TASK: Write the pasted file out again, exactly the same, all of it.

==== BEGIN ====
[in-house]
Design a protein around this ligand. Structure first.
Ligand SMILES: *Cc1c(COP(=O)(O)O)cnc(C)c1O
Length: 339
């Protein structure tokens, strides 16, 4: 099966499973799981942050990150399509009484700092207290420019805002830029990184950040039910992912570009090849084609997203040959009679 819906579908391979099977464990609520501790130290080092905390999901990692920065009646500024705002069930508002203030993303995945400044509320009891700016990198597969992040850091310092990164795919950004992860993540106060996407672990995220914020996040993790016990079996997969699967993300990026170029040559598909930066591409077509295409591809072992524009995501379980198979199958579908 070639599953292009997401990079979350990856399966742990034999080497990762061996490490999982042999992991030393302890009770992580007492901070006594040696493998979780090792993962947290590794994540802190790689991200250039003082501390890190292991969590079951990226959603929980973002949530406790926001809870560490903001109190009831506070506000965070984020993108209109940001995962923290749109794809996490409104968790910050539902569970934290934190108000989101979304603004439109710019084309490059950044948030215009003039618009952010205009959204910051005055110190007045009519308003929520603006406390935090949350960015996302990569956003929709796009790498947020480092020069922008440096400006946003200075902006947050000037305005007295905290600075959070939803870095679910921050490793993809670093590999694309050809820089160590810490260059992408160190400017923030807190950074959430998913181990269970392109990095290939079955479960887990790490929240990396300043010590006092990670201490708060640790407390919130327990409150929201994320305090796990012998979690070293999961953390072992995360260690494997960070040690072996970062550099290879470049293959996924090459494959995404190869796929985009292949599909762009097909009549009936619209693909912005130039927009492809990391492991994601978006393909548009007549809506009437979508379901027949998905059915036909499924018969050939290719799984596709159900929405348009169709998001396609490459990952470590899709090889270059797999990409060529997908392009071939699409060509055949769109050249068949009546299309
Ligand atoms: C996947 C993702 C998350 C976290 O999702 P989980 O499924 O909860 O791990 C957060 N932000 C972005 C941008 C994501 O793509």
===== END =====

[in-house]
Design a protein around this ligand. Structure first.
Ligand SMILES: *Cc1c(COP(=O)(O)O)cnc(C)c1O
Length: 339
């Protein structure tokens, strides 16, 4: 099966499973799981942050990150399509009484700092207290420019805002830029990184950040039910992912570009090849084609997203040959009679 819906579908391979099977464990609520501790130290080092905390999901990692920065009646500024705002069930508002203030993303995945400044509320009891700016990198597969992040850091310092990164795919950004992860993540106060996407672990995220914020996040993790016990079996997969699967993300990026170029040559598909930066591409077509295409591809072992524009995501379980198979199958579908 070639599953292009997401990079979350990856399966742990034999080497990762061996490490999982042999992991030393302890009770992580007492901070006594040696493998979780090792993962947290590794994540802190790689991200250039003082501390890190292991969590079951990226959603929980973002949530406790926001809870560490903001109190009831506070506000965070984020993108209109940001995962923290749109794809996490409104968790910050539902569970934290934190108000989101979304603004439109710019084309490059950044948030215009003039618009952010205009959204910051005055110190007045009519308003929520603006406390935090949350960015996302990569956003929709796009790498947020480092020069922008440096400006946003200075902006947050000037305005007295905290600075959070939803870095679910921050490793993809670093590999694309050809820089160590810490260059992408160190400017923030807190950074959430998913181990269970392109990095290939079955479960887990790490929240990396300043010590006092990670201490708060640790407390919130327990409150929201994320305090796990012998979690070293999961953390072992995360260690494997960070040690072996970062550099290879470049293959996924090459494959995404190869796929985009292949599909762009097909009549009936619209693909912005130039927009492809990391492991994601978006393909548009007549809506009437979508379901027949998905059915036909499924018969050939290719799984596709159900929405348009169709998001396609490459990952470590899709090889270059797999990409060529997908392009071939699409060509055949769109050249068949009546299309
Ligand atoms: C996947 C993702 C998350 C976290 O999702 P989980 O499924 O909860 O791990 C957060 N932000 C972005 C941008 C994501 O793509």